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Convergence Properties of the NelderMead Simplex Method in Low Dimensions
 SIAM Journal of Optimization
, 1998
"... Abstract. The Nelder–Mead simplex algorithm, first published in 1965, is an enormously popular direct search method for multidimensional unconstrained minimization. Despite its widespread use, essentially no theoretical results have been proved explicitly for the Nelder–Mead algorithm. This paper pr ..."
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Cited by 327 (3 self)
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Abstract. The Nelder–Mead simplex algorithm, first published in 1965, is an enormously popular direct search method for multidimensional unconstrained minimization. Despite its widespread use, essentially no theoretical results have been proved explicitly for the Nelder–Mead algorithm. This paper presents convergence properties of the Nelder–Mead algorithm applied to strictly convex functions in dimensions 1 and 2. We prove convergence to a minimizer for dimension 1, and various limited convergence results for dimension 2. A counterexample of McKinnon gives a family of strictly convex functions in two dimensions and a set of initial conditions for which the Nelder–Mead algorithm converges to a nonminimizer. It is not yet known whether the Nelder–Mead method can be proved to converge to a minimizer for a more specialized class of convex functions in two dimensions. Key words. direct search methods, Nelder–Mead simplex methods, nonderivative optimization AMS subject classifications. 49D30, 65K05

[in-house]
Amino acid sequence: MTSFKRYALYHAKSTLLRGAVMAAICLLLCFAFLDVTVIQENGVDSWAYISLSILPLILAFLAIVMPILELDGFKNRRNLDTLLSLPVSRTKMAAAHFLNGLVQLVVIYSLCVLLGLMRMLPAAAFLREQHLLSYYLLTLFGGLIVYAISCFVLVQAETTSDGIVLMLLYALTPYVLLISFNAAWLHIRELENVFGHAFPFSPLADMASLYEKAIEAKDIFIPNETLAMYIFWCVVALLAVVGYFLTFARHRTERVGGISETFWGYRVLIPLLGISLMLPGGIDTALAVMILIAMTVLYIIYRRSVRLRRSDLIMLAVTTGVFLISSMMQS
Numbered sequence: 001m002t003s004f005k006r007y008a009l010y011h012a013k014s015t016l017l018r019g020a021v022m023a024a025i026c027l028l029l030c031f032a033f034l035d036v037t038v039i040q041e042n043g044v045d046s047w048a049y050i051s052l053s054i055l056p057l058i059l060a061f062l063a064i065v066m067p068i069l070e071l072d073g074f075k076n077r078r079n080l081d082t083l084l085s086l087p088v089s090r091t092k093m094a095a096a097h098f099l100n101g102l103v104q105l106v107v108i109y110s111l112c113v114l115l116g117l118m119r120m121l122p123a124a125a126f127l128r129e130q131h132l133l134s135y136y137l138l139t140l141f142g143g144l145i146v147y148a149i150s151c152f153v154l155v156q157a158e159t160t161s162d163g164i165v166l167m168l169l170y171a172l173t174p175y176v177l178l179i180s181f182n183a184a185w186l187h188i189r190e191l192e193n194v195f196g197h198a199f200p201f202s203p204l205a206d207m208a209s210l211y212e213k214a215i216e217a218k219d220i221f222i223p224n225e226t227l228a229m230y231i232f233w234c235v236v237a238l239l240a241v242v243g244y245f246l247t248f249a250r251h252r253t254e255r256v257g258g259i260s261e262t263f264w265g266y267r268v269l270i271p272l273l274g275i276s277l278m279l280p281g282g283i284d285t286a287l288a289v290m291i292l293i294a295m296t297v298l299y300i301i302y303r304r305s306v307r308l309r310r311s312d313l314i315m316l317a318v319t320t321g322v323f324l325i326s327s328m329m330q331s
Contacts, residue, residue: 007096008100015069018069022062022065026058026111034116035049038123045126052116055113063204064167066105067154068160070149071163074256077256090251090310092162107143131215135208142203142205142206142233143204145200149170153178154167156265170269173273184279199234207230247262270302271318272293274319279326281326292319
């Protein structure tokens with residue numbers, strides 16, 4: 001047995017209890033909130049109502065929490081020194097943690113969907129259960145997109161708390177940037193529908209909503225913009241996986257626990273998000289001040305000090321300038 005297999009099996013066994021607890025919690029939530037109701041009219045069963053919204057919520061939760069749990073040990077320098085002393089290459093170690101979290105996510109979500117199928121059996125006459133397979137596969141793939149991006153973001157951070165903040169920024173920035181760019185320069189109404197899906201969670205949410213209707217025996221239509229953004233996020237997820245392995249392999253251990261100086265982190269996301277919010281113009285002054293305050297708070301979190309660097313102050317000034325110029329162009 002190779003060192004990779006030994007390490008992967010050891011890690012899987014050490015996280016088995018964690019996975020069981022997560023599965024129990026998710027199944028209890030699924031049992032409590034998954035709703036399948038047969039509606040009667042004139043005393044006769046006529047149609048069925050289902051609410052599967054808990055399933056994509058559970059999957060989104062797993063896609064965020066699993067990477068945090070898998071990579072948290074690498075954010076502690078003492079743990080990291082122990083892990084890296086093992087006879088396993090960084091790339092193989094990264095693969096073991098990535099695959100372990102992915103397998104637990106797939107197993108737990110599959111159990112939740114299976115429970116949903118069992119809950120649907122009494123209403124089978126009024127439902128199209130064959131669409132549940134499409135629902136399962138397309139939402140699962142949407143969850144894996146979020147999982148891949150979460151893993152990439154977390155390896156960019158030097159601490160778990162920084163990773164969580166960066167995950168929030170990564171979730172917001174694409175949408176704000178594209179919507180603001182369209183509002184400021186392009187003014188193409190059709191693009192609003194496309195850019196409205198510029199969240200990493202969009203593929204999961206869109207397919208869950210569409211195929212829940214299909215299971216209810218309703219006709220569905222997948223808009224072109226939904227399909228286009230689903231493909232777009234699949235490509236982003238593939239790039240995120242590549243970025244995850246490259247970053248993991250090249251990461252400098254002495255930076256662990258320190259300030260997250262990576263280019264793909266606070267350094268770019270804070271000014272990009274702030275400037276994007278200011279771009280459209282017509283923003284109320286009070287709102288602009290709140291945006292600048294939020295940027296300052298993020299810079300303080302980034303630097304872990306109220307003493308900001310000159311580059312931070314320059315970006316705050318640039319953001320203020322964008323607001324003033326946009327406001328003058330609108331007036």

Direct search methods: Once scorned, now respectable
 Numerical analysis 1995, Vol.344, Pittman research notes
, 1996
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New Anisotropic Covariance Models and Estimation of Anisotropic Parameters Based On the . . .
"... Many heterogeneous media and environmental processes are statistically anisotropic, that is, their moments have directional dependence. The term range anisotropy denotes processes that have variograms characterized by directiondependent correlation lengths and directionally independent sill. We dis ..."
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Cited by 7 (5 self)
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Many heterogeneous media and environmental processes are statistically anisotropic, that is, their moments have directional dependence. The term range anisotropy denotes processes that have variograms characterized by directiondependent correlation lengths and directionally independent sill. We distinguish between two classes of anisotropic covariance models: Class (A) models are reducible to isotropic after rotation and rescaling operations. Class (B) models are separable and reduce to a product of onedimensional functions along the principal axes. We present a Class (A) model for multiscale processes and suggest applications in subsurface hydrology. This model is based on a truncated power law with short and longrange cutoffs. We also present a family of Class (B) models generated by superellipsoidal functions that are based on nonEuclidean distance metrics. We propose a new method for determining the orientation of the principal axes and the degree of anisotropy (i.e., the ratios of the correlation lengths). This information reduces the degrees of freedom of anisotropic variograms and thus simplifies the estimation procedure. In particular, Class (A) models are reduced to isotropic, and Class (B) models to onedimensional functions. Our method is based on an explicit relation between the secondrank slope tensor (SRST), which can be estimated from the data, and the secondrank covariance tensor. The method is conceptually simple and numerically efficient. It is more accurate for regular (ongrid) data distributions, but it can also be used for irregular (offgrid) spatial distributions. We illustrate its implementation with numerical simulations.